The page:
Monday, September 24, 2018

September 24, 2018







The Perfect Enjoyment: A Lesson for John Wilmot
with a nod to J. W., Earl of Rochester
Fair Corinne,
Let us lay our lines together in a poem.
Let me lay my bilabial plosive
On your sweet rhyme,
And time, and we united,
In strophe and antistrophe,
Shall sing and dance into the climax of our air.

Free verse and metered lines we'll use,
And undulating rhythms too will fuse
With metaphor, the motive and the music,
And what's more, like a sword thrusting

Tirelessly, ever true and keen,
In the vast redeeming underbelly of the sea,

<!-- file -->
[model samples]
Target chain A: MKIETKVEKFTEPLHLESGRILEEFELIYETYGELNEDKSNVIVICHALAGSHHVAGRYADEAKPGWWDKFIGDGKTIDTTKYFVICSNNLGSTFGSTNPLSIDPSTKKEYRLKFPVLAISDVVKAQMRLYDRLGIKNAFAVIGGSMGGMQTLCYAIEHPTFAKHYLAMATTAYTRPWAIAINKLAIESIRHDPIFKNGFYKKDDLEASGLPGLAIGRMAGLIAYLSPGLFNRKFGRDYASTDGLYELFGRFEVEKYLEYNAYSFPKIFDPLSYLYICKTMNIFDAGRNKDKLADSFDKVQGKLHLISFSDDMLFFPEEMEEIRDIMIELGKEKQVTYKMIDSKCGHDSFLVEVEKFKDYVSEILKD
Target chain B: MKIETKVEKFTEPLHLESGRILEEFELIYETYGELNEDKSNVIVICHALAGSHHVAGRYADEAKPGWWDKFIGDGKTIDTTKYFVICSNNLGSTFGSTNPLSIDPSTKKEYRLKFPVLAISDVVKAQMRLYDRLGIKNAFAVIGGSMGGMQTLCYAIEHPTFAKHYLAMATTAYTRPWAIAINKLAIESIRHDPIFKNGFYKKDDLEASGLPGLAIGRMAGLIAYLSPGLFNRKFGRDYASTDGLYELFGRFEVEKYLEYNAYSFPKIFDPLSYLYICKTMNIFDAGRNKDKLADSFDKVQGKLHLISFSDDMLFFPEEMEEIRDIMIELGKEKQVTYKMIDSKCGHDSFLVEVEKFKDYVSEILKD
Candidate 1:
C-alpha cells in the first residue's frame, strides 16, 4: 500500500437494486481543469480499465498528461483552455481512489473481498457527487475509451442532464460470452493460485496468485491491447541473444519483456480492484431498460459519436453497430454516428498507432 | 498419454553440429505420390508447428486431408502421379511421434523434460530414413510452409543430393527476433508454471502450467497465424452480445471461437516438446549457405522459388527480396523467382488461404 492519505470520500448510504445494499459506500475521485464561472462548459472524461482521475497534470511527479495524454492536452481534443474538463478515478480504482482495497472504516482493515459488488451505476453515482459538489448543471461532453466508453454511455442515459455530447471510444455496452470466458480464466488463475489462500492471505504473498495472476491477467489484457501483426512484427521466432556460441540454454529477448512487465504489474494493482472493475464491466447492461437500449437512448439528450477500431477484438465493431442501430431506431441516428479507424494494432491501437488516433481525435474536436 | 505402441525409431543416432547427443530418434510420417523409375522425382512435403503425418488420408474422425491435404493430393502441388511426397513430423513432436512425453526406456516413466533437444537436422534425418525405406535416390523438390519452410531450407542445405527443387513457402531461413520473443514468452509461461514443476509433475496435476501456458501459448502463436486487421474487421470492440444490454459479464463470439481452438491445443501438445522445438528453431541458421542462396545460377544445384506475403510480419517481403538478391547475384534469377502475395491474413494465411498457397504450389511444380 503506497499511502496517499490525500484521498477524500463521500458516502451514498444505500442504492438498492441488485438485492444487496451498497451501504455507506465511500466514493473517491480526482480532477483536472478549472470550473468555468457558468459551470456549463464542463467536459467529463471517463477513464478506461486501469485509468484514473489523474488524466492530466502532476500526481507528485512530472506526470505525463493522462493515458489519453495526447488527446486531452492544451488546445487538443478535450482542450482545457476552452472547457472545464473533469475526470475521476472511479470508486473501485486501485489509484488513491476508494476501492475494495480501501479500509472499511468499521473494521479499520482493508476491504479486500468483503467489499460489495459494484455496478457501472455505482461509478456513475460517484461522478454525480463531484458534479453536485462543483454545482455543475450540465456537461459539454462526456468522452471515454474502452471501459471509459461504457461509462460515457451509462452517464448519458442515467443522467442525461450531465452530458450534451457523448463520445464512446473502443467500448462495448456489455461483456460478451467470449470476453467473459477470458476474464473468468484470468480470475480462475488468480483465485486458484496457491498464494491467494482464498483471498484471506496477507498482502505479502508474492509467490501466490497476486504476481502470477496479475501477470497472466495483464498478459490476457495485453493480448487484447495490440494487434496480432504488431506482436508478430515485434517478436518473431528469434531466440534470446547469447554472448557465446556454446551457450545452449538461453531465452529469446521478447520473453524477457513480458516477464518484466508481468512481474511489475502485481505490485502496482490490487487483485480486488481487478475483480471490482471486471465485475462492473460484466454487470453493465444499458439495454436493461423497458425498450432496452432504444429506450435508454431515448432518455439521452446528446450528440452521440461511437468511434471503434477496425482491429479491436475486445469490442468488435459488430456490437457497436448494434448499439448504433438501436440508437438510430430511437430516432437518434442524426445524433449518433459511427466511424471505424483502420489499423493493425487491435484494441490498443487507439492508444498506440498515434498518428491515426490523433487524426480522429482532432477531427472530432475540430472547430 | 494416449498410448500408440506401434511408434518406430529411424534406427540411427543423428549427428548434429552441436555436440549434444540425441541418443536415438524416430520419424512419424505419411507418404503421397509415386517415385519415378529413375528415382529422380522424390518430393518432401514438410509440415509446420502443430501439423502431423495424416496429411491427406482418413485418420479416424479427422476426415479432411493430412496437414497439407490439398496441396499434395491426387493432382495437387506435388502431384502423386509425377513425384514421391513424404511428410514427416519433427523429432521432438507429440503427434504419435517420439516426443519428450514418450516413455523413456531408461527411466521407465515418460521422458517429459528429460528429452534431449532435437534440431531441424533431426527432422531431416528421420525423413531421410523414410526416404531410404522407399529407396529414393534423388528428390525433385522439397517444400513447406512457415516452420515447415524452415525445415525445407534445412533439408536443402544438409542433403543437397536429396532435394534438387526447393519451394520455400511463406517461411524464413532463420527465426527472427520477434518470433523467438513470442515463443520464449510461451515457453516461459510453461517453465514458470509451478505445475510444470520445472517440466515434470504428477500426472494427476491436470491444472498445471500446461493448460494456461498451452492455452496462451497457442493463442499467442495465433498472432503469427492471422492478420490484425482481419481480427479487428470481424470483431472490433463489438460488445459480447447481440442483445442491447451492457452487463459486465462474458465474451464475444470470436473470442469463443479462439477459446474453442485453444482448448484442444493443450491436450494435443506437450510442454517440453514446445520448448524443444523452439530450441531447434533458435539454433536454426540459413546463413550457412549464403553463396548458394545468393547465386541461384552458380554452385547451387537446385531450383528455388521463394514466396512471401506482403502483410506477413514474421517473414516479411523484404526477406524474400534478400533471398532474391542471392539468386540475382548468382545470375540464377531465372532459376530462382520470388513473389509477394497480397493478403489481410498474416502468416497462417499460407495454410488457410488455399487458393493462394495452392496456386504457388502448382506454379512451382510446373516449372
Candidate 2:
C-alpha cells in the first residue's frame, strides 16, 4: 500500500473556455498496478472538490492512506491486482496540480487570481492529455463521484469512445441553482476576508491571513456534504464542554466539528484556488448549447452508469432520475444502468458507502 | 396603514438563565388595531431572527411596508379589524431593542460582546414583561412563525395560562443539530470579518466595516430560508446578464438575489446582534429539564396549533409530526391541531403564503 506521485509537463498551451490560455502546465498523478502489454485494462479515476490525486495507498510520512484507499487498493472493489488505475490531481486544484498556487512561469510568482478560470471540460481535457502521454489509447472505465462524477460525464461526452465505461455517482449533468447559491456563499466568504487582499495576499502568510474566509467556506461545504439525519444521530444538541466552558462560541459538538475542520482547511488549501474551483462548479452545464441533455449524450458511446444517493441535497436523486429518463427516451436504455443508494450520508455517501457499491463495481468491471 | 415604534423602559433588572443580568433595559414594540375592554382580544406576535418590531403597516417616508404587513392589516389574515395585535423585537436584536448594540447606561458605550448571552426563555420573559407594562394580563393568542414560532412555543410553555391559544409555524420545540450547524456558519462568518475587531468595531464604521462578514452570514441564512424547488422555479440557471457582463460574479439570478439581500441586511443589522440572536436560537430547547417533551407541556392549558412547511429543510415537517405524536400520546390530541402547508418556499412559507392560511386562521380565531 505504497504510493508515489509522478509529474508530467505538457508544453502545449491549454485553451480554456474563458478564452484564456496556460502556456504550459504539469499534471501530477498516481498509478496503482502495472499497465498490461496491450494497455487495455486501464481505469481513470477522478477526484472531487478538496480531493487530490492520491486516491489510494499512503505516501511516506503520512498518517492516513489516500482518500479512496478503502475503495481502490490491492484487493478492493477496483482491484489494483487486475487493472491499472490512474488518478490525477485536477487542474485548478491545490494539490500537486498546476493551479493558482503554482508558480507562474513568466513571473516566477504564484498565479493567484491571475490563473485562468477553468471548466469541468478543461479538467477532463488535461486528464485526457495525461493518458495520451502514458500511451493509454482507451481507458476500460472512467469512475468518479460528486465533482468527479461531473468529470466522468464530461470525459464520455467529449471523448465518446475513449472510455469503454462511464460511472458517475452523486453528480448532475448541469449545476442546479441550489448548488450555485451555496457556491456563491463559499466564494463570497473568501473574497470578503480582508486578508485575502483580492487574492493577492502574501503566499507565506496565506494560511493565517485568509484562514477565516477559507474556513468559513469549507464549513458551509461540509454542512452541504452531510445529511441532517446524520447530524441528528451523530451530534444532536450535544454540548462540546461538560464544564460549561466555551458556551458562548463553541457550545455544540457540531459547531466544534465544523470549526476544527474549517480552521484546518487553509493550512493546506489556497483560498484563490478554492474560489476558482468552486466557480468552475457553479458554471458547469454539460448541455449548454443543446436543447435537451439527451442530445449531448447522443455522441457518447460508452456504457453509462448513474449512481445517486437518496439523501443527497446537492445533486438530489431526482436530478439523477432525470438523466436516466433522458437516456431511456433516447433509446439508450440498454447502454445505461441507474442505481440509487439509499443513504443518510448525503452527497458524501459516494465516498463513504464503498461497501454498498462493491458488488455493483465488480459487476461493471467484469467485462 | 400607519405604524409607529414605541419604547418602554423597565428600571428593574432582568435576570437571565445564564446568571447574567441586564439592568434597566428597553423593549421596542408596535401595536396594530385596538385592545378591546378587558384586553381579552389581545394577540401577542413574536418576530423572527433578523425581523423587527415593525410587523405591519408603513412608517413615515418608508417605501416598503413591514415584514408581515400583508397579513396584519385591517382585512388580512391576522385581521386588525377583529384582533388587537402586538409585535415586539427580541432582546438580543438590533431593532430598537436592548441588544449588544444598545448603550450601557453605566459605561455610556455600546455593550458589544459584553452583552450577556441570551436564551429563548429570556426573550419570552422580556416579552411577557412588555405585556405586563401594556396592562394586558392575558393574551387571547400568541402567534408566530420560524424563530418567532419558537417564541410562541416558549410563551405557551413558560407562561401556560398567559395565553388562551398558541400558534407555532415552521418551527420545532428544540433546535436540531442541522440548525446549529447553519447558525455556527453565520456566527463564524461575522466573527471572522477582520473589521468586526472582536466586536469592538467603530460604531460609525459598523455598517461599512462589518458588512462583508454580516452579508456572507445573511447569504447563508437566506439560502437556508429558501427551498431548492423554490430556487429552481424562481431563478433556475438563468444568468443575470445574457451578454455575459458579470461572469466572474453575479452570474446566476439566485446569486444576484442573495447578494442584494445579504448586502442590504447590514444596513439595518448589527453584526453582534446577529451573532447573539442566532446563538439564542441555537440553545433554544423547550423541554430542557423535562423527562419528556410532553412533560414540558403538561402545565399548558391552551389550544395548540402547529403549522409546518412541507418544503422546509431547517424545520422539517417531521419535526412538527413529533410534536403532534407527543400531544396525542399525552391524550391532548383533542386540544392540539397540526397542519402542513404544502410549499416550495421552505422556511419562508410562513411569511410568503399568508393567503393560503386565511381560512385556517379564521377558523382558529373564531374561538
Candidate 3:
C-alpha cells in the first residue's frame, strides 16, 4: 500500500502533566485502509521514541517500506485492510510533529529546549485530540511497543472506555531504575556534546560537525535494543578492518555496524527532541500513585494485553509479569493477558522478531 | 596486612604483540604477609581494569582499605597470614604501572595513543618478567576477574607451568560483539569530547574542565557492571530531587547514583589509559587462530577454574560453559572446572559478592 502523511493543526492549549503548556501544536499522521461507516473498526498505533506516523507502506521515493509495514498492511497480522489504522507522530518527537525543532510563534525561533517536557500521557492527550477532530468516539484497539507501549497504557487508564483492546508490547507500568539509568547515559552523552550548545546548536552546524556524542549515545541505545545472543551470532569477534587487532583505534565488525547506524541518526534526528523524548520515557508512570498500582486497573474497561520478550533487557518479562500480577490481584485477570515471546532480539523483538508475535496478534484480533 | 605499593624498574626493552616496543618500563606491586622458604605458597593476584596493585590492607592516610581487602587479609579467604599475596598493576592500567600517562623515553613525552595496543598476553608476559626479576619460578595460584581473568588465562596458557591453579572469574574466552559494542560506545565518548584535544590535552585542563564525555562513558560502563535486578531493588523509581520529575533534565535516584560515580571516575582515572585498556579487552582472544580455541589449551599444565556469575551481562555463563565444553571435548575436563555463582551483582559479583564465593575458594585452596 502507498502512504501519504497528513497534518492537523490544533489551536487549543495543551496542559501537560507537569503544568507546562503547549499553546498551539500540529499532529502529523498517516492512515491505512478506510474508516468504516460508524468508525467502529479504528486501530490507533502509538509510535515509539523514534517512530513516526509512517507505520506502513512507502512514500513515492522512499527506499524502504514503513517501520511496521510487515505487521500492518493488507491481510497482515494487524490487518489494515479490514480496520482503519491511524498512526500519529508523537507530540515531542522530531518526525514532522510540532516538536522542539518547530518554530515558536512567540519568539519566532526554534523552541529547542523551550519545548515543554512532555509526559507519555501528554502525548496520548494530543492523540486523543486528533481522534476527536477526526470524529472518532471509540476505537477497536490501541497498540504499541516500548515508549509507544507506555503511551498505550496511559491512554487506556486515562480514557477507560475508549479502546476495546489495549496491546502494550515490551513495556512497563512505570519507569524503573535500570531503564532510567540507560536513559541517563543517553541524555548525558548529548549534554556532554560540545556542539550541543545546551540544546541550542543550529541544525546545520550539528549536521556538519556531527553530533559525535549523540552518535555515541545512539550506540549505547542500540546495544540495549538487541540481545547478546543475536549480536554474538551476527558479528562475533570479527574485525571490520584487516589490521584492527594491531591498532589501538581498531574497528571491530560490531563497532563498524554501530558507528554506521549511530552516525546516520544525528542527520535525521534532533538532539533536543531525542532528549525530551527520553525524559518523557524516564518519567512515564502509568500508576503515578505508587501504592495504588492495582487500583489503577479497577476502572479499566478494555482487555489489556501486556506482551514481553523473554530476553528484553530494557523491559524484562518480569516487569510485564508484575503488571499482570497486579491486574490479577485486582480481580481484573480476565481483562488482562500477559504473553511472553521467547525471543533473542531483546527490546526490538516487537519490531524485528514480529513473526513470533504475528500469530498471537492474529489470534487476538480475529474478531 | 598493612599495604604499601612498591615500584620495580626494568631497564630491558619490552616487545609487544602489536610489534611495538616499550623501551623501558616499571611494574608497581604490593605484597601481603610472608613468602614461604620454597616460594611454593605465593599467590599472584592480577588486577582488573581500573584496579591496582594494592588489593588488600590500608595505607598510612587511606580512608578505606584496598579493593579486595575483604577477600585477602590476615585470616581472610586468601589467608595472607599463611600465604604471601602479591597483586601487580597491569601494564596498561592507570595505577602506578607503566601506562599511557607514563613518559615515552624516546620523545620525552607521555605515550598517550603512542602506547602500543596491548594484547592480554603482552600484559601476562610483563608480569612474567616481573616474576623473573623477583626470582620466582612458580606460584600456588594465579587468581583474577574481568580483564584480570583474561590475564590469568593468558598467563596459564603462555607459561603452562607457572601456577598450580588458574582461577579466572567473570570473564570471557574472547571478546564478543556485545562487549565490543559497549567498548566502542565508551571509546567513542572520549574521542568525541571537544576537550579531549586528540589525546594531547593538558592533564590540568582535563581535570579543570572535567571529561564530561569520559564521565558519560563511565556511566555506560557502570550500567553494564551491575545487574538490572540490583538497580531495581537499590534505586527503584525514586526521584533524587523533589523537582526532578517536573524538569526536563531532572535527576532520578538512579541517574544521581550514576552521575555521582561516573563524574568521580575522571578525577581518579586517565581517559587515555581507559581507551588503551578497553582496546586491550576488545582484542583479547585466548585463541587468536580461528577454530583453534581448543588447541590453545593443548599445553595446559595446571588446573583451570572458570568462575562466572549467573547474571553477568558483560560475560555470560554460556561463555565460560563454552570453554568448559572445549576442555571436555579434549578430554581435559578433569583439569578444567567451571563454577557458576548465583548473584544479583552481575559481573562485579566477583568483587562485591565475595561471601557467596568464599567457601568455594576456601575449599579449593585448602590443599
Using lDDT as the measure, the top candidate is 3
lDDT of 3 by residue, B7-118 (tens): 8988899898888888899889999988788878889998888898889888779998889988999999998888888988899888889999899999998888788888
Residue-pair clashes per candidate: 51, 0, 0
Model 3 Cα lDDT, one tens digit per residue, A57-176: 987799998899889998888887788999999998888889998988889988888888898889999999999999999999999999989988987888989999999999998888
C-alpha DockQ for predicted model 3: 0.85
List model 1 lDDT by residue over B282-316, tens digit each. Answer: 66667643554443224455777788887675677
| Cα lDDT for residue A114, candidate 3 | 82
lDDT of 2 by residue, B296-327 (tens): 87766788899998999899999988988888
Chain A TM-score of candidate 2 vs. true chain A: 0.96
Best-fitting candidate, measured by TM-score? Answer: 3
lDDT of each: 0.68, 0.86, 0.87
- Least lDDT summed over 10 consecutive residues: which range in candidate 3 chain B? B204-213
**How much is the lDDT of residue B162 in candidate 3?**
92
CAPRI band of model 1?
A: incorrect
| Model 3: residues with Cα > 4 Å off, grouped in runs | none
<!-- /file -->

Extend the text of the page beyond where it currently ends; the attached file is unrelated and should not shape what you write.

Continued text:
Received in constant motion, rising
And falling onward to the shore of ecstasy.

In spume and froth sweet Aphrodite come
Naked on your clam shell, and once again
Repeat the long lost words of love and lease
A moment of your tide to our soft charge,
For when those sounds we've married to our own,
Our poem's complete, and we, though emptied,
With your rhyme replete.

by Robert Witmer
in volume 5 issue 2

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